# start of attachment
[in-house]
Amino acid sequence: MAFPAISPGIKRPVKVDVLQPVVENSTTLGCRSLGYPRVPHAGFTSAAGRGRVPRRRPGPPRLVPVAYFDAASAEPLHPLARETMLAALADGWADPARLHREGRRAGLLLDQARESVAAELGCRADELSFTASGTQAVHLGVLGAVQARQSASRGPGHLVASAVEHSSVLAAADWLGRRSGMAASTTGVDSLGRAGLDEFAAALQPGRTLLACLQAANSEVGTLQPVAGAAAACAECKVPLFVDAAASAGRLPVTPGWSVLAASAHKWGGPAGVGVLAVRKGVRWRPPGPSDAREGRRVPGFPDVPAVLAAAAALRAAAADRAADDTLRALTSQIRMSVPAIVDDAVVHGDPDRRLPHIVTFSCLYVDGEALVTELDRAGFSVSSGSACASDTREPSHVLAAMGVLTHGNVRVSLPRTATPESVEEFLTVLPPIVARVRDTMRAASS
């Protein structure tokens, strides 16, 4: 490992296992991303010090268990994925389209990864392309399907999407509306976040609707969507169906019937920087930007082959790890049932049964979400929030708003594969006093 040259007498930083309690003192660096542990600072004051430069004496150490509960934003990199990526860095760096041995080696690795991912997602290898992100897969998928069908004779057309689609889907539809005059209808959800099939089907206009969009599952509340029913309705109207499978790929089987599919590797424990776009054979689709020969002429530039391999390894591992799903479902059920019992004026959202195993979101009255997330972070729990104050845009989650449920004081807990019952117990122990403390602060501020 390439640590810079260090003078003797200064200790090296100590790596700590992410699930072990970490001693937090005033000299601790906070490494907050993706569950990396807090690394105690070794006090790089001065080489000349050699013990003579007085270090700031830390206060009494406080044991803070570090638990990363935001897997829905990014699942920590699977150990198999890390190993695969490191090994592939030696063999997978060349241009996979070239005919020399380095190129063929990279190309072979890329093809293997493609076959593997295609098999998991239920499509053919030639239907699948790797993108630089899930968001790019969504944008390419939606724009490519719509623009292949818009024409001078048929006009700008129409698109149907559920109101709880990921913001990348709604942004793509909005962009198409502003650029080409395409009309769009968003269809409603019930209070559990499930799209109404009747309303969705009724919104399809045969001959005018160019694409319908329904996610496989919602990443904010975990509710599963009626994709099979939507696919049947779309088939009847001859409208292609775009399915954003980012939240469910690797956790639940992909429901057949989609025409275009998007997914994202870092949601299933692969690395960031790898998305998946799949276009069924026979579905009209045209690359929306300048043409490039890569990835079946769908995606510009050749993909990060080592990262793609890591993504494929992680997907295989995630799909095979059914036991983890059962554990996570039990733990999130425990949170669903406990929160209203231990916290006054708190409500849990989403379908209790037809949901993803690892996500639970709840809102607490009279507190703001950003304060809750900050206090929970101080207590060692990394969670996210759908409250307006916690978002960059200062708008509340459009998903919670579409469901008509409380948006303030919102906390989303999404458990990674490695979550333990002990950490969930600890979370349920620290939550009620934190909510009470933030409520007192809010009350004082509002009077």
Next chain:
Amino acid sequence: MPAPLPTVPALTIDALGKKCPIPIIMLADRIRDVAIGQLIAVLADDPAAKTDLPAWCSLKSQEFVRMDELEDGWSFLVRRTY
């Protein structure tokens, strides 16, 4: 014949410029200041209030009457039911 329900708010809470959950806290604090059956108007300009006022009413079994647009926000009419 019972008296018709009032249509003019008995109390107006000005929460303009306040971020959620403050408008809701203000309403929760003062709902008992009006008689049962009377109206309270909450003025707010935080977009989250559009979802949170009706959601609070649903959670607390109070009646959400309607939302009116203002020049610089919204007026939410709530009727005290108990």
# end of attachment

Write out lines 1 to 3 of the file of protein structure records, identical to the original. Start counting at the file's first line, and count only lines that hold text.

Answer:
[in-house]
Amino acid sequence: MAFPAISPGIKRPVKVDVLQPVVENSTTLGCRSLGYPRVPHAGFTSAAGRGRVPRRRPGPPRLVPVAYFDAASAEPLHPLARETMLAALADGWADPARLHREGRRAGLLLDQARESVAAELGCRADELSFTASGTQAVHLGVLGAVQARQSASRGPGHLVASAVEHSSVLAAADWLGRRSGMAASTTGVDSLGRAGLDEFAAALQPGRTLLACLQAANSEVGTLQPVAGAAAACAECKVPLFVDAAASAGRLPVTPGWSVLAASAHKWGGPAGVGVLAVRKGVRWRPPGPSDAREGRRVPGFPDVPAVLAAAAALRAAAADRAADDTLRALTSQIRMSVPAIVDDAVVHGDPDRRLPHIVTFSCLYVDGEALVTELDRAGFSVSSGSACASDTREPSHVLAAMGVLTHGNVRVSLPRTATPESVEEFLTVLPPIVARVRDTMRAASS
């Protein structure tokens, strides 16, 4: 490992296992991303010090268990994925389209990864392309399907999407509306976040609707969507169906019937920087930007082959790890049932049964979400929030708003594969006093 040259007498930083309690003192660096542990600072004051430069004496150490509960934003990199990526860095760096041995080696690795991912997602290898992100897969998928069908004779057309689609889907539809005059209808959800099939089907206009969009599952509340029913309705109207499978790929089987599919590797424990776009054979689709020969002429530039391999390894591992799903479902059920019992004026959202195993979101009255997330972070729990104050845009989650449920004081807990019952117990122990403390602060501020 390439640590810079260090003078003797200064200790090296100590790596700590992410699930072990970490001693937090005033000299601790906070490494907050993706569950990396807090690394105690070794006090790089001065080489000349050699013990003579007085270090700031830390206060009494406080044991803070570090638990990363935001897997829905990014699942920590699977150990198999890390190993695969490191090994592939030696063999997978060349241009996979070239005919020399380095190129063929990279190309072979890329093809293997493609076959593997295609098999998991239920499509053919030639239907699948790797993108630089899930968001790019969504944008390419939606724009490519719509623009292949818009024409001078048929006009700008129409698109149907559920109101709880990921913001990348709604942004793509909005962009198409502003650029080409395409009309769009968003269809409603019930209070559990499930799209109404009747309303969705009724919104399809045969001959005018160019694409319908329904996610496989919602990443904010975990509710599963009626994709099979939507696919049947779309088939009847001859409208292609775009399915954003980012939240469910690797956790639940992909429901057949989609025409275009998007997914994202870092949601299933692969690395960031790898998305998946799949276009069924026979579905009209045209690359929306300048043409490039890569990835079946769908995606510009050749993909990060080592990262793609890591993504494929992680997907295989995630799909095979059914036991983890059962554990996570039990733990999130425990949170669903406990929160209203231990916290006054708190409500849990989403379908209790037809949901993803690892996500639970709840809102607490009279507190703001950003304060809750900050206090929970101080207590060692990394969670996210759908409250307006916690978002960059200062708008509340459009998903919670579409469901008509409380948006303030919102906390989303999404458990990674490695979550333990002990950490969930600890979370349920620290939550009620934190909510009470933030409520007192809010009350004082509002009077």